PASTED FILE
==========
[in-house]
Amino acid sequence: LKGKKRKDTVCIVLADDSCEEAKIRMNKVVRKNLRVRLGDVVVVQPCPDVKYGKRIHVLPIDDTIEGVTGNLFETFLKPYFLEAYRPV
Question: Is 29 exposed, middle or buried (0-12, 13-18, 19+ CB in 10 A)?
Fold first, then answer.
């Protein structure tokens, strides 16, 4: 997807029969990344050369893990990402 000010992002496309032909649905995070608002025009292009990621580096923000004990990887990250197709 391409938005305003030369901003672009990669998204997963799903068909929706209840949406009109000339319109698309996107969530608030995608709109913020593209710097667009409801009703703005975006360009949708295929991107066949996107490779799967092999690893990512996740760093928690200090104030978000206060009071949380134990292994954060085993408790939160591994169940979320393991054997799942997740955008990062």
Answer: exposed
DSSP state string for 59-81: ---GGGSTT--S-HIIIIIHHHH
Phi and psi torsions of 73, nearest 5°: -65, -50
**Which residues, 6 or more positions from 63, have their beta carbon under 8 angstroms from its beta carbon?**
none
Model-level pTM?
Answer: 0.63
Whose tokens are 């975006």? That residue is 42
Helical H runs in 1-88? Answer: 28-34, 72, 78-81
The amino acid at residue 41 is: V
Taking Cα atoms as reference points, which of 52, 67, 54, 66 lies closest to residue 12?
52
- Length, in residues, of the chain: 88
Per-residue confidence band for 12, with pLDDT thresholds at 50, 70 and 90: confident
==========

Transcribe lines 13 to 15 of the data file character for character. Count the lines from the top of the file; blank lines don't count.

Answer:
Whose tokens are 């975006």? That residue is 42
Helical H runs in 1-88? Answer: 28-34, 72, 78-81
The amino acid at residue 41 is: V